• I would be very wary about buying a condo in a building with only two units. Every condo association has one totally nut and obnoxious member, and if it just two, it is only you to contend with him/her (unless you are the obnoxious one).

    It could be a recipe for endless conflict.

    • Point well taken.

      I wonder what would happen if you married the person who owned the other unit? Could you agree to disband the condos and make them legally, not necessarily physically, into a single residence?

      • If the top owner actually got along with the bottom owner, they could take steps to adjust/lower the condo fee. I know people who’ve done this – renegotiating maintenance contracts, etc and lowering the fees. One advantage to a very small condo building.

      • From what I remember from a similar case 7-8 years ago, you can combine tax lots, provided that there’s a physical way to get from one property to the other. It can be a door that’s locked all the time, but there does have to be a connection of some kind. If there’s a common entryway, that might satisfy it, but I’m not certain (my case was a little different — 2 adjacent buildings that the owner wanted to combine into one property).

  • I dont much care for condos, especially in small associations, the smaller the worse.

    But, I think there’s ample justification in the comps for this.

    Just last week, a whole house on the NE side of North Capitol sold for somewhere around $580k. It was a few blocks south and actually on North Capitol, I believe where North Capitol is at grade, so even noisier.

    Bloomingdale, LeDroit, and Western Eckington have appreciated a ton in just 1-2 years.

    If someone doesnt pay this much for this condo, it seems only a matter of months till they do. There’s a ridiculously low supply and this is the time of the year with historically high supply…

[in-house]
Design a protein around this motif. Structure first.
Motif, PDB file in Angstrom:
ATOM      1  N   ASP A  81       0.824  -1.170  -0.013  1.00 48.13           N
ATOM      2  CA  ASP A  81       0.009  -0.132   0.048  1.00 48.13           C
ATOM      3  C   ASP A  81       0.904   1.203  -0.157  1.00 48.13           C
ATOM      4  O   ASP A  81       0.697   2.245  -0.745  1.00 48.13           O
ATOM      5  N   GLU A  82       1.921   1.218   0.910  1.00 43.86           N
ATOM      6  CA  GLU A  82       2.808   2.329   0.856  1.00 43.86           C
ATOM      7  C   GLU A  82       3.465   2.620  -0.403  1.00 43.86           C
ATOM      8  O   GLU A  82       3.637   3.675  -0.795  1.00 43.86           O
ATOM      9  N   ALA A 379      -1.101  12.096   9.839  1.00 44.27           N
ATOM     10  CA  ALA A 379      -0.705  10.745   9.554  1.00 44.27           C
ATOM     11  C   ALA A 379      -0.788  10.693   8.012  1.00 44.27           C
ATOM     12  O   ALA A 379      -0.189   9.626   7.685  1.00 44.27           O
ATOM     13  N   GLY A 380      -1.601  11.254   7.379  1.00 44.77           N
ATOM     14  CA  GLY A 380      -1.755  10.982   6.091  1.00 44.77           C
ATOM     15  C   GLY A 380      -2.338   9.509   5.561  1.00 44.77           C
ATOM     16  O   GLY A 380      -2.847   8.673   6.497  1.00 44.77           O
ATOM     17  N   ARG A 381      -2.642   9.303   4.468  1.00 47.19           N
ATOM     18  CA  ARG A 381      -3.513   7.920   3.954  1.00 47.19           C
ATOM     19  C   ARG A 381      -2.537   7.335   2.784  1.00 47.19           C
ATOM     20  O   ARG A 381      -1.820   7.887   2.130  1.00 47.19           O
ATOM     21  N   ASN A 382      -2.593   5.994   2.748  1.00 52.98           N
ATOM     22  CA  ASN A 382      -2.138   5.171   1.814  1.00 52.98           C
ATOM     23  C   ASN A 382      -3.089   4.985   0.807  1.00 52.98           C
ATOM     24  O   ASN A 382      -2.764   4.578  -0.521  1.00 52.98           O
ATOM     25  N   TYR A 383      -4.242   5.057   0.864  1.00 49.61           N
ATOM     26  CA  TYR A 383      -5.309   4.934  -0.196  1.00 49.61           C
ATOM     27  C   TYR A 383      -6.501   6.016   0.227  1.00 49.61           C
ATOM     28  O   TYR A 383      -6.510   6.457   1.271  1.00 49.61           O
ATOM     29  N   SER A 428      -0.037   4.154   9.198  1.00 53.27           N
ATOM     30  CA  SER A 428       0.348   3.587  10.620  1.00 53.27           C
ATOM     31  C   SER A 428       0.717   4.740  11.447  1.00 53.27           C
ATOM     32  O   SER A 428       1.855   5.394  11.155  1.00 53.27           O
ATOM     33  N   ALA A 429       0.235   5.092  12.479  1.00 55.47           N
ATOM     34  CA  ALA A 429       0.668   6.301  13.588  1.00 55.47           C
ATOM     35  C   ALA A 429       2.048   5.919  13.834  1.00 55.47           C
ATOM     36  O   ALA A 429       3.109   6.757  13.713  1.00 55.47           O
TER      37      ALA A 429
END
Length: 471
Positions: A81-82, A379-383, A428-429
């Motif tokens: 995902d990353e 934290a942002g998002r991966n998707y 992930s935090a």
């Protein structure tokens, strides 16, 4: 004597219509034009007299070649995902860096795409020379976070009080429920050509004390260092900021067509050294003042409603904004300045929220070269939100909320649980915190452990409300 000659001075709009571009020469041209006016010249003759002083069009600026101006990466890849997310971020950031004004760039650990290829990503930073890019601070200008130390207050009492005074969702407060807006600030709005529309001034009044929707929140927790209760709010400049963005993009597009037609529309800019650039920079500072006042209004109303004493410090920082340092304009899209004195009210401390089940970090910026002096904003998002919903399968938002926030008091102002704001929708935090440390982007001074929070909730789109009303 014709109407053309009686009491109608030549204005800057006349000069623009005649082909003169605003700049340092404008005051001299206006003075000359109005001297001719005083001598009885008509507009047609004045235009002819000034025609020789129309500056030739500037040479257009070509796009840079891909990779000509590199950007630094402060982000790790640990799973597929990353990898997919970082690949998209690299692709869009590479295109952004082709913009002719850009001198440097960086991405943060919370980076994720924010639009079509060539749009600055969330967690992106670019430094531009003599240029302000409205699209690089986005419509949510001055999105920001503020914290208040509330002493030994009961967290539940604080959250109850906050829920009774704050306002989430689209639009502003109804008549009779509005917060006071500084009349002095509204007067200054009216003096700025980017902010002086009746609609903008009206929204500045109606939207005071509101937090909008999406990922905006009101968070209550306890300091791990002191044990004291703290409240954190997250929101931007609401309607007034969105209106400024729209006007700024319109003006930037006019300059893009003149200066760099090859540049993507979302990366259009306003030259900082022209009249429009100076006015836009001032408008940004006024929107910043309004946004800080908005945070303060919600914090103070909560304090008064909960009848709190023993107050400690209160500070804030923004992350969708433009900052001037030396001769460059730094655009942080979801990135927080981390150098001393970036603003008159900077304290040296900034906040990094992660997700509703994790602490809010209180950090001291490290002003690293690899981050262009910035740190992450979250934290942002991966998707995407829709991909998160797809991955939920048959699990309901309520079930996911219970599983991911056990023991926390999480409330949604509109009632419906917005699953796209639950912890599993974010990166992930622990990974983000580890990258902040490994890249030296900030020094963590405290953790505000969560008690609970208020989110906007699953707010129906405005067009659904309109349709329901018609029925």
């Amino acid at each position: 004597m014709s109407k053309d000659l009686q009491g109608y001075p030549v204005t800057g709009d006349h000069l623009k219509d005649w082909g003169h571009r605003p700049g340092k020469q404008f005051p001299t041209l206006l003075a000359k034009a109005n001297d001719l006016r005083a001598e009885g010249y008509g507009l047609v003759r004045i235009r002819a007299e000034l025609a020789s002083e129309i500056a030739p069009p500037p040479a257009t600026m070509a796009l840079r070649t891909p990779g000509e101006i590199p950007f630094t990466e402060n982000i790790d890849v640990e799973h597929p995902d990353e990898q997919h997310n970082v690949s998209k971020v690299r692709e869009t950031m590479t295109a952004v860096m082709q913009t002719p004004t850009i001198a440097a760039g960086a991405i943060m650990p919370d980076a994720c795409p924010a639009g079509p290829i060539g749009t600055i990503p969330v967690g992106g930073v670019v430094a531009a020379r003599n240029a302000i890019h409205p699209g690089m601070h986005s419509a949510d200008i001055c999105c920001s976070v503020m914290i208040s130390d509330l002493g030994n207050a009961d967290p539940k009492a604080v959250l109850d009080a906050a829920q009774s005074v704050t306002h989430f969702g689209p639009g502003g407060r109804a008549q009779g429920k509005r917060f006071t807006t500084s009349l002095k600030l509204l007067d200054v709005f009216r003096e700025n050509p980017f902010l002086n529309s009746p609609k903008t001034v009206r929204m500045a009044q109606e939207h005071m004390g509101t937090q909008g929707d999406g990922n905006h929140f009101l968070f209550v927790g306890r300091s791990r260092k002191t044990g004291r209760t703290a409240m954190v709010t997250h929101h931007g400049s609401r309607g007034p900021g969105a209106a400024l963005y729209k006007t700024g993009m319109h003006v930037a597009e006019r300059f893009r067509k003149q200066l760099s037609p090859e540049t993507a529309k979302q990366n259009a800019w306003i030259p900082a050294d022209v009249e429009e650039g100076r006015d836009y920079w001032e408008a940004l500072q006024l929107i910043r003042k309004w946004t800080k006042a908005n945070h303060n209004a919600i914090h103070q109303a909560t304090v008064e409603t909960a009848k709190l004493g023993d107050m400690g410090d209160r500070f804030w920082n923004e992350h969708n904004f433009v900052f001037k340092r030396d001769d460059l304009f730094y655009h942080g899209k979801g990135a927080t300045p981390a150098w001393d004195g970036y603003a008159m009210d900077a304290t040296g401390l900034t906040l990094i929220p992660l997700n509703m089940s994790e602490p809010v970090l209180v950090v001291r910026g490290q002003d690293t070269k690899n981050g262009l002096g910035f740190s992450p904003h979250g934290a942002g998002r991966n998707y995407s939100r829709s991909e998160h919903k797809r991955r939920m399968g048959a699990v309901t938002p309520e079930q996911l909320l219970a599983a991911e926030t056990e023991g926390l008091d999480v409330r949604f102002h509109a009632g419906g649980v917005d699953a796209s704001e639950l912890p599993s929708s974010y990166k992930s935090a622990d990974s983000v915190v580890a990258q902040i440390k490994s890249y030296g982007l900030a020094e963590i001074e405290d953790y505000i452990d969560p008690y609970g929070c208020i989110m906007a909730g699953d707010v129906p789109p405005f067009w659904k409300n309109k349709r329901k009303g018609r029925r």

• I don’t see how you could possibly call this a “good deal”. I don’t have any issue with turning big old Victorian’s into condo’s if they are well done. But I’m a bit sad and alarmed about what’s happening with real estate prices. And I think it doesn’t make ANY sense to pay this kind of money for that condo. Add condo fees to that. And small association issues to boot. Way. Overpriced. Would like to see the comps that justify the list price for this one. Looks like a nice reno but finishes are cookie cutter. Higher end cookie cutter, albeit. But boring.

  • I looked at this place a few weeks ago. Looks great, but the lumber used for the trim and baseboards was green. When it dries over the next few years it will warp and change size. It will all have to be replaced.

    • How could you tell that the wood was green? As someone looking to buy, I’m curious what I should keep an eye out for.

    • I strongly doubt that since it’s painted. Almost certainly, they used than finger jointed pine, paint-grade, lumber. If you’re going to paint trim, its a huge waste of money to buy any sort of solid wood lumber – you cant tell the difference when its painted (in fact the finger jointed stuff can give you a much nicer finish).

      Besides, how can you tell the moisture content of wood by looking at it?

  • Good deal? No.
    What you would expect for a newly renovated condo in Bloomingdale? Just about.

    Will it go for this? I’d guess just under.